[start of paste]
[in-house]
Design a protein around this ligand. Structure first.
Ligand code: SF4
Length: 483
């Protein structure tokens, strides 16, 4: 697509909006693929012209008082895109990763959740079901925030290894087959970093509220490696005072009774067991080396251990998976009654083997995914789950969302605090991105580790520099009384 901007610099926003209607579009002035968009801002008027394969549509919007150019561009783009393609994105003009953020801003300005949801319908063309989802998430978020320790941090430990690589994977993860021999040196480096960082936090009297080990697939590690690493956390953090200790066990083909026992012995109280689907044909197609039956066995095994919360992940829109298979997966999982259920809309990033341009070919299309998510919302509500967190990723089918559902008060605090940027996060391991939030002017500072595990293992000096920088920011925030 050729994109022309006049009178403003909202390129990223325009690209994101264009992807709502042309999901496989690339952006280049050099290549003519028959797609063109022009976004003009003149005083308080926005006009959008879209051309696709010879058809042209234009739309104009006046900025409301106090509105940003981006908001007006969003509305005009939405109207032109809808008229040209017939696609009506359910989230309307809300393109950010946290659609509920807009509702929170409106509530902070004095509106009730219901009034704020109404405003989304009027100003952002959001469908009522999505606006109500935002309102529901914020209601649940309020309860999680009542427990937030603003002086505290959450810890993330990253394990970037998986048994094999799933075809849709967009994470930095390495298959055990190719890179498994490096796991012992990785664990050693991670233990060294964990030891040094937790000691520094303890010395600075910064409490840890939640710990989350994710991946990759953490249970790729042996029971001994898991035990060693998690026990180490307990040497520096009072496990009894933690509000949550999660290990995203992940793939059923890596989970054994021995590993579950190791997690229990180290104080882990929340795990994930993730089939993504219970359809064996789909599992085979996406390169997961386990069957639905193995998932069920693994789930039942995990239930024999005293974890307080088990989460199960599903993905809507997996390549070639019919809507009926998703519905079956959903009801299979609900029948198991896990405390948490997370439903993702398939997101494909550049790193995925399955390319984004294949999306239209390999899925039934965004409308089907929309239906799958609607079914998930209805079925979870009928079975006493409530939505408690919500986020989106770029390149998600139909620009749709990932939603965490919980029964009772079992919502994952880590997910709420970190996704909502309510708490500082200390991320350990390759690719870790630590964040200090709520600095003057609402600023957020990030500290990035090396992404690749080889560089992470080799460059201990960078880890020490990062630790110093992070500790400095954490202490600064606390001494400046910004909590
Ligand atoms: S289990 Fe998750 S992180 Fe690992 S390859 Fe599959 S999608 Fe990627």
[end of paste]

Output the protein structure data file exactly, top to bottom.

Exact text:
[in-house]
Design a protein around this ligand. Structure first.
Ligand code: SF4
Length: 483
């Protein structure tokens, strides 16, 4: 697509909006693929012209008082895109990763959740079901925030290894087959970093509220490696005072009774067991080396251990998976009654083997995914789950969302605090991105580790520099009384 901007610099926003209607579009002035968009801002008027394969549509919007150019561009783009393609994105003009953020801003300005949801319908063309989802998430978020320790941090430990690589994977993860021999040196480096960082936090009297080990697939590690690493956390953090200790066990083909026992012995109280689907044909197609039956066995095994919360992940829109298979997966999982259920809309990033341009070919299309998510919302509500967190990723089918559902008060605090940027996060391991939030002017500072595990293992000096920088920011925030 050729994109022309006049009178403003909202390129990223325009690209994101264009992807709502042309999901496989690339952006280049050099290549003519028959797609063109022009976004003009003149005083308080926005006009959008879209051309696709010879058809042209234009739309104009006046900025409301106090509105940003981006908001007006969003509305005009939405109207032109809808008229040209017939696609009506359910989230309307809300393109950010946290659609509920807009509702929170409106509530902070004095509106009730219901009034704020109404405003989304009027100003952002959001469908009522999505606006109500935002309102529901914020209601649940309020309860999680009542427990937030603003002086505290959450810890993330990253394990970037998986048994094999799933075809849709967009994470930095390495298959055990190719890179498994490096796991012992990785664990050693991670233990060294964990030891040094937790000691520094303890010395600075910064409490840890939640710990989350994710991946990759953490249970790729042996029971001994898991035990060693998690026990180490307990040497520096009072496990009894933690509000949550999660290990995203992940793939059923890596989970054994021995590993579950190791997690229990180290104080882990929340795990994930993730089939993504219970359809064996789909599992085979996406390169997961386990069957639905193995998932069920693994789930039942995990239930024999005293974890307080088990989460199960599903993905809507997996390549070639019919809507009926998703519905079956959903009801299979609900029948198991896990405390948490997370439903993702398939997101494909550049790193995925399955390319984004294949999306239209390999899925039934965004409308089907929309239906799958609607079914998930209805079925979870009928079975006493409530939505408690919500986020989106770029390149998600139909620009749709990932939603965490919980029964009772079992919502994952880590997910709420970190996704909502309510708490500082200390991320350990390759690719870790630590964040200090709520600095003057609402600023957020990030500290990035090396992404690749080889560089992470080799460059201990960078880890020490990062630790110093992070500790400095954490202490600064606390001494400046910004909590
Ligand atoms: S289990 Fe998750 S992180 Fe690992 S390859 Fe599959 S999608 Fe990627």